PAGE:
In Yellowstone, snowmobile paths also facilitate the migration of Bison out of the park. Unfortunately, once the bison are beyond park boundaries, agents from Montana's Department of Livestock (DOL) legally shoot them. During the winter of 1997, Department of Livestock agents slaughtered nearly one-third of Yellowstone's bison population. Bison are an important food source for park predators such as the endangered Grizzly Bear and Grey Wolf. Permanent removal of significant numbers of the herd threatens these endangered species.

Finally, noise levels caused by snowmobiles can also cause significant disruption to wildlife, including avoidance of normal feeding grounds and disruption of communication patterns.

Send your comments to the NPS now!

The damage caused by snowmobiles does not disappear with the snowmelt.

At Yellowstone, it is estimated that the 60,000 snowmobiles storming the park each winter dump over 100,000 gallons of unburned gas and more than 2,000 gallons of unburned oil into the park's environment. Studies confirm that the toxins released by snowmobiles can affect water quality and marine ecosystems. Air pollution at trailheads and snowmobile corridors, which often run along rivers and streams, increases the acidic and toxic concentrations of nitrogen, sulfate and hydrocarbon compounds in snow. Elevated levels of NOx cause acid rain and acid snow.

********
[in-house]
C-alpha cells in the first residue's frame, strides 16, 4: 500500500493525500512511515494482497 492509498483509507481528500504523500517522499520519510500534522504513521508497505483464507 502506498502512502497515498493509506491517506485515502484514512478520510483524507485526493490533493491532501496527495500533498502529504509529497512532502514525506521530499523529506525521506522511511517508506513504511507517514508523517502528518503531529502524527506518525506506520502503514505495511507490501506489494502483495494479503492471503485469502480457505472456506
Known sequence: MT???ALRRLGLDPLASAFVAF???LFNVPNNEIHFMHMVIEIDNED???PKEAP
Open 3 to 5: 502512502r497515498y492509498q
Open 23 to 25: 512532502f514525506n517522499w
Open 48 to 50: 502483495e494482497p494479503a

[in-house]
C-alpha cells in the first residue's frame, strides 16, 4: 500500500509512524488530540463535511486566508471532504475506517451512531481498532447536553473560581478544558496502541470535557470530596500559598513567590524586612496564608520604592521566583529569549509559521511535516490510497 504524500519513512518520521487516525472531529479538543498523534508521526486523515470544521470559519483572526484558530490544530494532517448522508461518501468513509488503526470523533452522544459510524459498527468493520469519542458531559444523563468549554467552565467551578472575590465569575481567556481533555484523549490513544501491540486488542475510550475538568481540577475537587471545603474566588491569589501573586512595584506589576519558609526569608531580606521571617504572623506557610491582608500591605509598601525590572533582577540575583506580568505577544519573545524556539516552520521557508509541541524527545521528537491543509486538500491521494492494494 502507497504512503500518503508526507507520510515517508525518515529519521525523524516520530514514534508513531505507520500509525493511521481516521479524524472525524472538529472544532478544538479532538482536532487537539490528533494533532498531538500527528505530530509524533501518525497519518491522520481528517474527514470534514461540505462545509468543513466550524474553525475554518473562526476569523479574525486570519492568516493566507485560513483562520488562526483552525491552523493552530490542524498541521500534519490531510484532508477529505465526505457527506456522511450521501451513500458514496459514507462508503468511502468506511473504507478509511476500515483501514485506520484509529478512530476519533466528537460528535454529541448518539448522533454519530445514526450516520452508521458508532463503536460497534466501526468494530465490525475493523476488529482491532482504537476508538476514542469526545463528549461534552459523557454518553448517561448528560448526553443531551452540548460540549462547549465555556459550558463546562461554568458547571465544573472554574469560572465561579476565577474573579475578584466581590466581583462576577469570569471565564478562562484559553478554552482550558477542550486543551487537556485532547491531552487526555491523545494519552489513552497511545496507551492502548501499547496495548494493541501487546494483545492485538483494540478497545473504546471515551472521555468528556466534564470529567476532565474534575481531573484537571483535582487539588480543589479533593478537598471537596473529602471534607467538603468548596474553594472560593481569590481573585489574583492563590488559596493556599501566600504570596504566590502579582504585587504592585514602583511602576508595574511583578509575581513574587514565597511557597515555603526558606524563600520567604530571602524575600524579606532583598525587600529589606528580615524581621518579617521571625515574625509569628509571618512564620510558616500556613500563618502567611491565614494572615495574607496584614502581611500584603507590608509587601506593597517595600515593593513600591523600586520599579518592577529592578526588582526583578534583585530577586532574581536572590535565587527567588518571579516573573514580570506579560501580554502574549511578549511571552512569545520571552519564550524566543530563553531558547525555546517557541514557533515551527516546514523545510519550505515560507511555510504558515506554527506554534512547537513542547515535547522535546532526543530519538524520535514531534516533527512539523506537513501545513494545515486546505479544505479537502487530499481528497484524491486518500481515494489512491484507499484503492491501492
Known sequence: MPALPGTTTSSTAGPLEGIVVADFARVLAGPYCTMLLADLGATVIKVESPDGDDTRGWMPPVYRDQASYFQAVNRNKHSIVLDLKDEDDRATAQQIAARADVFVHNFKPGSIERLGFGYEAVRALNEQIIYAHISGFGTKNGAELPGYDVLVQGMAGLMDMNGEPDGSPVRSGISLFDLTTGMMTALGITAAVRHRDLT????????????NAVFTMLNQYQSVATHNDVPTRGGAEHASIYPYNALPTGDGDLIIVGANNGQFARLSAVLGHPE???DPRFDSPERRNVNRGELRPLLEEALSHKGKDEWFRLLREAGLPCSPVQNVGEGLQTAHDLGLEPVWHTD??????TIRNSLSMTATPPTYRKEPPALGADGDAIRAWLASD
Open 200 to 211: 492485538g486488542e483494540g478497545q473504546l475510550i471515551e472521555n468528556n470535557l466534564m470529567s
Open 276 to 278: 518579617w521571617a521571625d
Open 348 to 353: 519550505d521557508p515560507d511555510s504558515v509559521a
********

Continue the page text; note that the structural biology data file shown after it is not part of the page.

Pollutants from snowmobile emissions, including highly persistent hydrocarbon compounds (PAHs), are "locked" within the snowpack. The toxic effects of accumulated pollutants in the snowpack are magnified during the first few days of spring, when they are released during snowmelt, resulting in higher death rates for aquatic insects and amphibians. This release of pollutants may have far-reaching consequences for surrounding watersheds. Acidity fluctuations can disable a watershed's ability to regulate its own pH level, possibly triggering system-wide problems and resulting in long-term alterations of entire ecosystems.

Land and plants damaged by snowmobiles may not recover until well into the summer; vegetation that is crushed by snowmobiles or broken off at the base may never recover.

Send your comments to the NPS now!

Friends of the Earth
1717 Massachusetts Avenue NW, Suite 600
Washington, DC 20036
(202) 783-7400